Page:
"It is not possible to simply say you need to climb through the bands to earn a better salary.

"I believe this article needs to also look at the requirements of any NHS Trust. There is a limited # of Band 7 positions and Band 8 - its the Christmas tree scenario / effect.

"So I believe that Band 6 Specialist Nurses should have more pay scale as some work in ITU / CCU / NICU, A&E, Theatres / Recovery.

"The list is ongoing - more investment in these area of Band 6 specialist nurses is required as they fall into the same category as Band 6 on a General Ward with no post graduate courses or experience."

About the author

  • Matt Farrah
    Co-Founder - Nurses.co.uk, Socialcare.co.uk, Healthjobs.co.uk, Healthcarejobs.ie

I studied English before moving into publishing in the mid 90s. I co-founded this and our other three sites in 2008. I wanted to provide a platform that gives a voice to those working in health and social care. I'm fascinated, generally, by the career choices we all make. But I'm especially interested in the stories told by those who choose to spend their life supporting others. They are mostly positive and life-affirming stories, despite the considerable challenges and burdens faced.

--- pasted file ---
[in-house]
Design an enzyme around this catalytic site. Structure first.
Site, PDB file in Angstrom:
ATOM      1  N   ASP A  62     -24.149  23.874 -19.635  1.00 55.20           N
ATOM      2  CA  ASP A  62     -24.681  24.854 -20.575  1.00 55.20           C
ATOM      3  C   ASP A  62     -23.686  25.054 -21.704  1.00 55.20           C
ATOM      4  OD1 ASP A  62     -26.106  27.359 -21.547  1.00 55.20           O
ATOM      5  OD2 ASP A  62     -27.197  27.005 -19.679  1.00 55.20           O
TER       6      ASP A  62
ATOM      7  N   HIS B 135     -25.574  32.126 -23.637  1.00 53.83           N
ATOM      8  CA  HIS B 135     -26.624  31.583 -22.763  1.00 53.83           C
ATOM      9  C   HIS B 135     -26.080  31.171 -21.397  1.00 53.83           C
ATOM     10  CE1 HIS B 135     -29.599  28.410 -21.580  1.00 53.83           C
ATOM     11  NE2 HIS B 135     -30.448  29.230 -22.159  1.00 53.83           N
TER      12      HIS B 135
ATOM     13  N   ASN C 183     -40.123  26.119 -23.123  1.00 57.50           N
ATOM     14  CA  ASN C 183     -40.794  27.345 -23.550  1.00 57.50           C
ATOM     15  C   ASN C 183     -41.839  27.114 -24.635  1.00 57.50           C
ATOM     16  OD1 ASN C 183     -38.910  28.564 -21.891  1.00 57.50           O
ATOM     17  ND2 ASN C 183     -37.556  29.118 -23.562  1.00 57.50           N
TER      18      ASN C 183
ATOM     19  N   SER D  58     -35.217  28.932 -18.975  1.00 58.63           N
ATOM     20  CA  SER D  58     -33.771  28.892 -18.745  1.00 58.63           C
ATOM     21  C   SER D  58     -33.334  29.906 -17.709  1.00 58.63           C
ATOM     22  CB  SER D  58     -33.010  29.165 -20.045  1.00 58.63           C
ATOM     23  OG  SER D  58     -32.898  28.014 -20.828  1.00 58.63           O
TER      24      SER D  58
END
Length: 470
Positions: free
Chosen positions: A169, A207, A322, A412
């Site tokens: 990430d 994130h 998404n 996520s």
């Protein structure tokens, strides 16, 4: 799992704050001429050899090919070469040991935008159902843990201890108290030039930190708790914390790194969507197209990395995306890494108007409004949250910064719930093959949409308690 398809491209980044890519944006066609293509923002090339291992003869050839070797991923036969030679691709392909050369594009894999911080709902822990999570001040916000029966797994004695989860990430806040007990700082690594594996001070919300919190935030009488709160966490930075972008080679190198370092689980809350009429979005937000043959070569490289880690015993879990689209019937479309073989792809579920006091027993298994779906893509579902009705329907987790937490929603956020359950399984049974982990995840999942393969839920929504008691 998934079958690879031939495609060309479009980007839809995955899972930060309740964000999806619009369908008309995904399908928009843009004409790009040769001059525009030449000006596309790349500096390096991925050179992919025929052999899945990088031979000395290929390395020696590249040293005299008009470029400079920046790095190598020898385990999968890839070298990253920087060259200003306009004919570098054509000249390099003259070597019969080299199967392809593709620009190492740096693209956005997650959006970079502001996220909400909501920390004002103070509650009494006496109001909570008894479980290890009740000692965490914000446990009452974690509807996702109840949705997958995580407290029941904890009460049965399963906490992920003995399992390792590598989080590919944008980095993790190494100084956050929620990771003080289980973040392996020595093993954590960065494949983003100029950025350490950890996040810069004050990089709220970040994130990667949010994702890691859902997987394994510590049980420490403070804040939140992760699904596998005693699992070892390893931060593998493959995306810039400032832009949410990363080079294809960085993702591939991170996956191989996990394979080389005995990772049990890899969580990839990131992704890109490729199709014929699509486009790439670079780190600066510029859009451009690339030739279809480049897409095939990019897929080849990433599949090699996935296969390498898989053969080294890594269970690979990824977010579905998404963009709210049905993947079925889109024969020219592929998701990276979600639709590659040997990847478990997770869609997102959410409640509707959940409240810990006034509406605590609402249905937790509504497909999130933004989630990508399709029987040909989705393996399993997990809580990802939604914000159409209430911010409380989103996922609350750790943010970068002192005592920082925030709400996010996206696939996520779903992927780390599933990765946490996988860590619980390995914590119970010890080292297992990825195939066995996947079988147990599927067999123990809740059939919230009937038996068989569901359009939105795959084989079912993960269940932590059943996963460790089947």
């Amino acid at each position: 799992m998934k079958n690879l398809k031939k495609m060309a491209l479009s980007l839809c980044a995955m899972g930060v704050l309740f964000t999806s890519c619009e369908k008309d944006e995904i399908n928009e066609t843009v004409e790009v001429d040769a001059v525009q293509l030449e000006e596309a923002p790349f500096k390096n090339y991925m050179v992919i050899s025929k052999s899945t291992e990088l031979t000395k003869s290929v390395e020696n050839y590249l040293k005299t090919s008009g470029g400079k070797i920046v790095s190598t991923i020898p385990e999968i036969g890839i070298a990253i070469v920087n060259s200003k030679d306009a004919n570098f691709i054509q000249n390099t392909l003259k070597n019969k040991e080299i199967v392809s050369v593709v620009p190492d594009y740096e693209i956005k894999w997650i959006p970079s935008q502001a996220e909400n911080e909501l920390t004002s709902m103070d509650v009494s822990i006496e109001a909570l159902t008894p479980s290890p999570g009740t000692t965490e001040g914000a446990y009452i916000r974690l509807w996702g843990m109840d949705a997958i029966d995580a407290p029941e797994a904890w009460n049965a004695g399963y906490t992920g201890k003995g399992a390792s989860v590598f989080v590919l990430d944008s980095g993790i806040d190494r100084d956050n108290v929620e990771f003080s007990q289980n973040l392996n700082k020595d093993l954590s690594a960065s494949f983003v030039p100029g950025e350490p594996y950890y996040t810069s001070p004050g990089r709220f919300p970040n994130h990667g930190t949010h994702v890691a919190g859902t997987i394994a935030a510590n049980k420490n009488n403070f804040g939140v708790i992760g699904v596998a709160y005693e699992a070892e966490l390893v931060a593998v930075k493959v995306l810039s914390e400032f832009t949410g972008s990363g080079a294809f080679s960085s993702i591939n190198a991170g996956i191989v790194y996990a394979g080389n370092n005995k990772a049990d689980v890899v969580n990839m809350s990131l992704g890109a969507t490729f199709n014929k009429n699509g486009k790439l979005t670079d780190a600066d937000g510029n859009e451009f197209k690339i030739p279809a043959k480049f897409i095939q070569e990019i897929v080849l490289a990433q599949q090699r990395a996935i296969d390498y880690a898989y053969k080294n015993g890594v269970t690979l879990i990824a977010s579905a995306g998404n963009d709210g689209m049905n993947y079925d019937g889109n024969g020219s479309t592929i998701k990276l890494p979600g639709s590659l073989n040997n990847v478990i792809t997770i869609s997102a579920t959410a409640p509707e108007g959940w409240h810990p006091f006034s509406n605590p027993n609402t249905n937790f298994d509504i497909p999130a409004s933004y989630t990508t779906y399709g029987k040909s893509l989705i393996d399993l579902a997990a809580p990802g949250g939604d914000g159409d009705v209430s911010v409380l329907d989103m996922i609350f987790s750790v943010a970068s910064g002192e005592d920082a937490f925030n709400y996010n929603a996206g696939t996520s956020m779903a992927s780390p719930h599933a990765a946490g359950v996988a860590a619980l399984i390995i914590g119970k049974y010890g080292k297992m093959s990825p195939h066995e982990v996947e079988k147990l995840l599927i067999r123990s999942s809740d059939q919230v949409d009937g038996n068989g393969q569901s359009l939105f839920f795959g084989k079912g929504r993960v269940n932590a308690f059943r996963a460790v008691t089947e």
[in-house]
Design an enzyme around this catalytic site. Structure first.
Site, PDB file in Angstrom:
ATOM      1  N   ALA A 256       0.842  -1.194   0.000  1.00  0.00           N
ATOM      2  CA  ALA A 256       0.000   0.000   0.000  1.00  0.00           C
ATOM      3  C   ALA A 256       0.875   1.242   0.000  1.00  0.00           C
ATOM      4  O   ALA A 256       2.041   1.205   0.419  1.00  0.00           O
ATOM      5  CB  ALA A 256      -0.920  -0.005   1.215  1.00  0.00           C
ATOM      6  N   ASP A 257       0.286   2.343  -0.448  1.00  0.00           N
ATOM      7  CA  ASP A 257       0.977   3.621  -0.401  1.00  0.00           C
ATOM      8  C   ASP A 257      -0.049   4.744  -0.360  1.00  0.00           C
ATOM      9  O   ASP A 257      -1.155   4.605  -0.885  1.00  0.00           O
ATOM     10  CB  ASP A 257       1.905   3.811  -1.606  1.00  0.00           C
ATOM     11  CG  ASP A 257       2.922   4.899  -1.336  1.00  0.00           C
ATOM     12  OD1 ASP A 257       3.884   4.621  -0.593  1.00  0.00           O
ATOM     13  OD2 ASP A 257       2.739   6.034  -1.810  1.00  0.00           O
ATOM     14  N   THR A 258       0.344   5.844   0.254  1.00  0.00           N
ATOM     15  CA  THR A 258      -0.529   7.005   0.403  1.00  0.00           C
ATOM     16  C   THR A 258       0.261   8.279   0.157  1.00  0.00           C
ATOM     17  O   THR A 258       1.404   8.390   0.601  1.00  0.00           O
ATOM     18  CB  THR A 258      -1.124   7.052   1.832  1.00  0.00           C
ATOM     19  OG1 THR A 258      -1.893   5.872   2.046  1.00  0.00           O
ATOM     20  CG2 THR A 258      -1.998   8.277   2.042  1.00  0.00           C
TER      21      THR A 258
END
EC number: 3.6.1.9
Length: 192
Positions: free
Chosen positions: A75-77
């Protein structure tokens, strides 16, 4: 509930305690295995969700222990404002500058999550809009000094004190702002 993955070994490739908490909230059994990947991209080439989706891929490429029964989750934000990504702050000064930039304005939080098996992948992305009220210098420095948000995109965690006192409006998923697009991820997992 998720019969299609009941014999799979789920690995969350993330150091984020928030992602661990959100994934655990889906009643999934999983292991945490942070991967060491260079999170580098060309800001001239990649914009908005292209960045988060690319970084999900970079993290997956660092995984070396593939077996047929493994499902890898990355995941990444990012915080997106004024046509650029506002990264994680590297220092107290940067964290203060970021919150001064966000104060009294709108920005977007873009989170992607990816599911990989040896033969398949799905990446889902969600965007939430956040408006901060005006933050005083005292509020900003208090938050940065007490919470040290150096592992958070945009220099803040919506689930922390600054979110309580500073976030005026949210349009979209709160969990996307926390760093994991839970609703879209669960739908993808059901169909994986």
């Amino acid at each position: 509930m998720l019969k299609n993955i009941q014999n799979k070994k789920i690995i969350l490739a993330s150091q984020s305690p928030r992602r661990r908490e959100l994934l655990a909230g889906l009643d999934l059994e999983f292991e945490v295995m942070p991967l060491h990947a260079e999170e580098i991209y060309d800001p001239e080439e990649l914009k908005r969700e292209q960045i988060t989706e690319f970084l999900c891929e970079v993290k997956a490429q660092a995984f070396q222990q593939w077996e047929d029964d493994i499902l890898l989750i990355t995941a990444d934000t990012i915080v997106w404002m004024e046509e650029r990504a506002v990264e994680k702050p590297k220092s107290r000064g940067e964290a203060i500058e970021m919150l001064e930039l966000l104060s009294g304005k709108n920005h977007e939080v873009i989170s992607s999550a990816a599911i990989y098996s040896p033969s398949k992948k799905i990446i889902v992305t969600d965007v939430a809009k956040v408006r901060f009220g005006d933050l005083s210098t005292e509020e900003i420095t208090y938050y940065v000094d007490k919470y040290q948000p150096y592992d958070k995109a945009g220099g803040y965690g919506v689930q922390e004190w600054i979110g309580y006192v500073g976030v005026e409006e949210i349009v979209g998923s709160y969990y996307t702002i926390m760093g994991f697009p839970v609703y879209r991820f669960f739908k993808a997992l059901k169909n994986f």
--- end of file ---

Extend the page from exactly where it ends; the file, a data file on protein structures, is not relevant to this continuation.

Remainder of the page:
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  • Matt Farrah
    Co-Founder - Nurses.co.uk, Socialcare.co.uk, Healthjobs.co.uk, Healthcarejobs.ie

About the author

  • Matt Farrah
    Co-Founder - Nurses.co.uk, Socialcare.co.uk, Healthjobs.co.uk, Healthcarejobs.ie

I studied English before moving into publishing in the mid 90s. I co-founded this and our other three sites in 2008. I wanted to provide a platform that gives a voice to those working in health and social care. I'm fascinated, generally, by the career choices we all make. But I'm especially interested in the stories told by those who choose to spend their life supporting others. They are mostly positive and life-affirming stories, despite the considerable challenges and burdens faced.

  • 2 Comments
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    • Matt Farrah 17 days ago
      Matt Farrah
    • Matt Farrah
      17 days ago

      Here's a fuller reply to Michelle's question from a nursing colleague that I spoke to about this: "Oh god... that ... read more

    • Michelle Bolt 19 days ago
      Michelle Bolt
    • Michelle Bolt
      19 days ago

      Does anybody know if a newly qualified band 5 of 6 months should be in charge of a ward. If ... read more

      • Are you speaking from experience here Michelle? It seems very soon. Pay is determined by Band and years exp. Usually progression so soon to Band 6, without specialising or further training, would be u... read more

        Are you speaking from experience here Michelle? It seems very soon. Pay is determined by Band and years exp. Usually progression so soon to Band 6, without specialising or further training, would be unusual. I'd be interested to know if you have been put in charge of a ward?
        read less

        Replied by: Matt Farrah